xmpl3d96, 96th 'example' data file for CPO3D

Automatic iteration to optimise a focus, using the option to maximise

the current within a given circle.

Based on xmpl3d06.dat, using the same geometry.

The number of segments used in the present example is small, for a quick demonstration.

The present data differ from those in xmpl3d06 in the following ways:

(1) Voltage number 2 is initially 5.85.

(2) The 'cylindrical beam' option is used, with 15 randomly distributed ray directions. The total current is 8 mA, so that the current in the minimum sector is 1 mA, which is therefore the maximum current that can be in the focus spot.

(3) A new (May 2013) option is used to maximise the current that is within a circle of radius 0.006 mm, centred at the centre of the test plane. The option is set to select the best 13 of the 15 rays, allowing 2 rays to lie at any distance outside the given circle. A second radius of 0.008 mm is specified so that rays lying at distances between 0.006 and 0.008 are weighted linearly (that is they are given weights of 1.0 and 0.0 at distances of 0.006 and 0.008 respectively, and linearly between those limits). If the second radius is not used in this example, where there is a small number of rays that all carry the same current, then the minimisation procedure becomes non-smooth and terminates prematurely.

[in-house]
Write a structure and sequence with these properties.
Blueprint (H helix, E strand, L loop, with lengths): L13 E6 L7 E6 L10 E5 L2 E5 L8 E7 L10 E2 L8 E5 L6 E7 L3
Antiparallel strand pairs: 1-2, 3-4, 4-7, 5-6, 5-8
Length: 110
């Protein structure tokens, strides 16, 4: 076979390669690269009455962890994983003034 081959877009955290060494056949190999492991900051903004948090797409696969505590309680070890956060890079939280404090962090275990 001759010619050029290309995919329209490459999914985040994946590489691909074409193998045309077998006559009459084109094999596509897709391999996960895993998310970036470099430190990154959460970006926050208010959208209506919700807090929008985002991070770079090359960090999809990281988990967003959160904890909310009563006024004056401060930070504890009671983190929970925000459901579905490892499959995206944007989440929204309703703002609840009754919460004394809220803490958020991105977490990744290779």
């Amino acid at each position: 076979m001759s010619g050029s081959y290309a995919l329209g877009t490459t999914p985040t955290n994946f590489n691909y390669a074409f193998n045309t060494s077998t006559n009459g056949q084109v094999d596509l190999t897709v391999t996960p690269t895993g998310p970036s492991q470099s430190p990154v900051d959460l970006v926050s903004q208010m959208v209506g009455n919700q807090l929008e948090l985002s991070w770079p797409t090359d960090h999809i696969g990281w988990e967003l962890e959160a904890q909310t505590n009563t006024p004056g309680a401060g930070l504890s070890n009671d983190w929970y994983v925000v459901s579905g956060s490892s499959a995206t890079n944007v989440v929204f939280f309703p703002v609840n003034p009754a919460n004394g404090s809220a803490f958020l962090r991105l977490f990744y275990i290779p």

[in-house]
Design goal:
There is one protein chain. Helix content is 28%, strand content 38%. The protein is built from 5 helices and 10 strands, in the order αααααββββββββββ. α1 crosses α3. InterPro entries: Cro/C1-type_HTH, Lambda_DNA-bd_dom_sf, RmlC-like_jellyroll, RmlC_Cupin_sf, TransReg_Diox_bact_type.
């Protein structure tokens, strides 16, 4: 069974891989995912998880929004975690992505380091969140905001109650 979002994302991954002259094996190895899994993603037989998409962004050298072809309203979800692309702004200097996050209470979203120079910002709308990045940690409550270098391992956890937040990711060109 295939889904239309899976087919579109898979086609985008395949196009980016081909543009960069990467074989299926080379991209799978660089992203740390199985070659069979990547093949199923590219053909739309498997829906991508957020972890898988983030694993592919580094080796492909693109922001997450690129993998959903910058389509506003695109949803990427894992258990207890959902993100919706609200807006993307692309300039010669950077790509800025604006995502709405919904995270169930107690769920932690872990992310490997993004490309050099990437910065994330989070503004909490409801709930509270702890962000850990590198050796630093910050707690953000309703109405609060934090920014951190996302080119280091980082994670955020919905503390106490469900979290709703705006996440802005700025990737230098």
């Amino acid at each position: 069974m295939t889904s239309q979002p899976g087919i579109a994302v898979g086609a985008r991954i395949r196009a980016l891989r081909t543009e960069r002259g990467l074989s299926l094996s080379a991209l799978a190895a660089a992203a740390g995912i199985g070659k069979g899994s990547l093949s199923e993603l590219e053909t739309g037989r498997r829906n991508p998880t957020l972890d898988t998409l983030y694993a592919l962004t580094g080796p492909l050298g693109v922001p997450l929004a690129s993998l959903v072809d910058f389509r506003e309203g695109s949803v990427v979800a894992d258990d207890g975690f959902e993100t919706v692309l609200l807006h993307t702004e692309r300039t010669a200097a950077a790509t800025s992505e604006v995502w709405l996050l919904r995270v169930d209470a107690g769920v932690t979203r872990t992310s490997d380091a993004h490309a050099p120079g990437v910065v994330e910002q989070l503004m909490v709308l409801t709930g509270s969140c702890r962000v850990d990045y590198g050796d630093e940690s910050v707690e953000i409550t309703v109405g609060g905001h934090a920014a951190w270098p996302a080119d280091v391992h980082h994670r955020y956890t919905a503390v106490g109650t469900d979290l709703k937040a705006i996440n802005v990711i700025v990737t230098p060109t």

It can be seen that the final value of v2 is 5.844, and that the 'max current' is 0.711 mA. In fact it can be seen from the xy view that 8 rays have distances less than 0.006, 4 are between 0.006 and 0.008, 1 is just outside 0.008 and the remaining 2 are further away.

In a more serious study of this lens the cylinders would obviously be given many more subdivisions, there would be a larger number of rays and more iterations of the voltages would be used. It would be particularly important to subdivide the cylinders finely near the gaps between the cylinders, either by using iterative subdivision (adaptive segmentation) , as described in file xmpl3d04.dat, or by treating each cylinder as a series of shorter touching cylinders, the outer ones of which have the smallest subdivisions.